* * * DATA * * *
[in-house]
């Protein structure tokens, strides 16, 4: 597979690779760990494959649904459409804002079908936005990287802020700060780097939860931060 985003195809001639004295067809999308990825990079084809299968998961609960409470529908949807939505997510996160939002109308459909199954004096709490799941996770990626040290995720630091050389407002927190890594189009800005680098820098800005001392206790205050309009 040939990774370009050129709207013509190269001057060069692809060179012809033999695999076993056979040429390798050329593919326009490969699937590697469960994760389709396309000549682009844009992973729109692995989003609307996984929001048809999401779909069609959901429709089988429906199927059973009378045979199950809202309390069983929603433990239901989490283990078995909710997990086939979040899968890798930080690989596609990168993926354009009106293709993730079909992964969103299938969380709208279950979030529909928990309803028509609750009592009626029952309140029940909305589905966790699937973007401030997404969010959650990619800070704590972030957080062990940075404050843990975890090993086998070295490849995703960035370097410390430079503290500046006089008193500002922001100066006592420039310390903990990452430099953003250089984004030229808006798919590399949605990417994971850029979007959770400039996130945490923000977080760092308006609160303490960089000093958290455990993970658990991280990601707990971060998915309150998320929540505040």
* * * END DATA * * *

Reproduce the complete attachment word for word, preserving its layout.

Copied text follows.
[in-house]
């Protein structure tokens, strides 16, 4: 597979690779760990494959649904459409804002079908936005990287802020700060780097939860931060 985003195809001639004295067809999308990825990079084809299968998961609960409470529908949807939505997510996160939002109308459909199954004096709490799941996770990626040290995720630091050389407002927190890594189009800005680098820098800005001392206790205050309009 040939990774370009050129709207013509190269001057060069692809060179012809033999695999076993056979040429390798050329593919326009490969699937590697469960994760389709396309000549682009844009992973729109692995989003609307996984929001048809999401779909069609959901429709089988429906199927059973009378045979199950809202309390069983929603433990239901989490283990078995909710997990086939979040899968890798930080690989596609990168993926354009009106293709993730079909992964969103299938969380709208279950979030529909928990309803028509609750009592009626029952309140029940909305589905966790699937973007401030997404969010959650990619800070704590972030957080062990940075404050843990975890090993086998070295490849995703960035370097410390430079503290500046006089008193500002922001100066006592420039310390903990990452430099953003250089984004030229808006798919590399949605990417994971850029979007959770400039996130945490923000977080760092308006609160303490960089000093958290455990993970658990991280990601707990971060998915309150998320929540505040």